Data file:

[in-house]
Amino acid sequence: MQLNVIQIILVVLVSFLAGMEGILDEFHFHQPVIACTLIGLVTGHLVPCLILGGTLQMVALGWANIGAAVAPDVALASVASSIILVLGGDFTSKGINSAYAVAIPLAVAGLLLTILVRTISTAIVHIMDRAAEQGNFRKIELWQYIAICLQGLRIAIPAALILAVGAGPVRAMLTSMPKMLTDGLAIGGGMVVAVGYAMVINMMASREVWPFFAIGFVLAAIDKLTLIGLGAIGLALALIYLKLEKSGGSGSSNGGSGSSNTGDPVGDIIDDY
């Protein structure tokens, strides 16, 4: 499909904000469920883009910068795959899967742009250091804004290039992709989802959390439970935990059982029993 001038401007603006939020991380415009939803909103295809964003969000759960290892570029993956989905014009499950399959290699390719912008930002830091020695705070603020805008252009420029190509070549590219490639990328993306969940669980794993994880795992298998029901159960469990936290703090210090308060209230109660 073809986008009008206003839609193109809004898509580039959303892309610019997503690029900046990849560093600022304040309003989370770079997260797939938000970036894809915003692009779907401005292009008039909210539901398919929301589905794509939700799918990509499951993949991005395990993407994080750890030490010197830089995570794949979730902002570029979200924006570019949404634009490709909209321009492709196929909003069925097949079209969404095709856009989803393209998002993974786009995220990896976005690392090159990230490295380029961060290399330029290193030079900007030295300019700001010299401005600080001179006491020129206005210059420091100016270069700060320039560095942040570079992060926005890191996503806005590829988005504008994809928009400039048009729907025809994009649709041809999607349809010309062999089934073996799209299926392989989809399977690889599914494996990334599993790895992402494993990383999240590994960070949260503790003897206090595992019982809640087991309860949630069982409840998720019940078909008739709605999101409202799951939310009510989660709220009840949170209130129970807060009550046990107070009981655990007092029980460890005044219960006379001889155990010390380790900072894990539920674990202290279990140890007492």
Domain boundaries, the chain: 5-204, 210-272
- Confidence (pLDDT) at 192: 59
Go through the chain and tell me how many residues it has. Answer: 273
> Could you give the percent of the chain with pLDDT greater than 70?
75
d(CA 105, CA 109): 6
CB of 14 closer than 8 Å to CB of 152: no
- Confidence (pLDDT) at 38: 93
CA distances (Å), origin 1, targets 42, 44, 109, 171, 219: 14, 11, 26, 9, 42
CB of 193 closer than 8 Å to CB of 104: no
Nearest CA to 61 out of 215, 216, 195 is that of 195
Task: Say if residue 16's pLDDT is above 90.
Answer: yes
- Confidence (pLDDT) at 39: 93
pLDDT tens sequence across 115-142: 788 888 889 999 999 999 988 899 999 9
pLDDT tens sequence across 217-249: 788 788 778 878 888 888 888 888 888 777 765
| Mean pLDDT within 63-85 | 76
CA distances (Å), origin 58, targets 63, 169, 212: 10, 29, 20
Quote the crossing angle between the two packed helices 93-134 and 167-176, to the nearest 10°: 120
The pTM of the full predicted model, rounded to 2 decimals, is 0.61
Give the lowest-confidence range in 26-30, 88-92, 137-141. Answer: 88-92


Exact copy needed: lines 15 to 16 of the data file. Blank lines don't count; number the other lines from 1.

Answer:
Task: Say if residue 16's pLDDT is above 90.
Answer: yes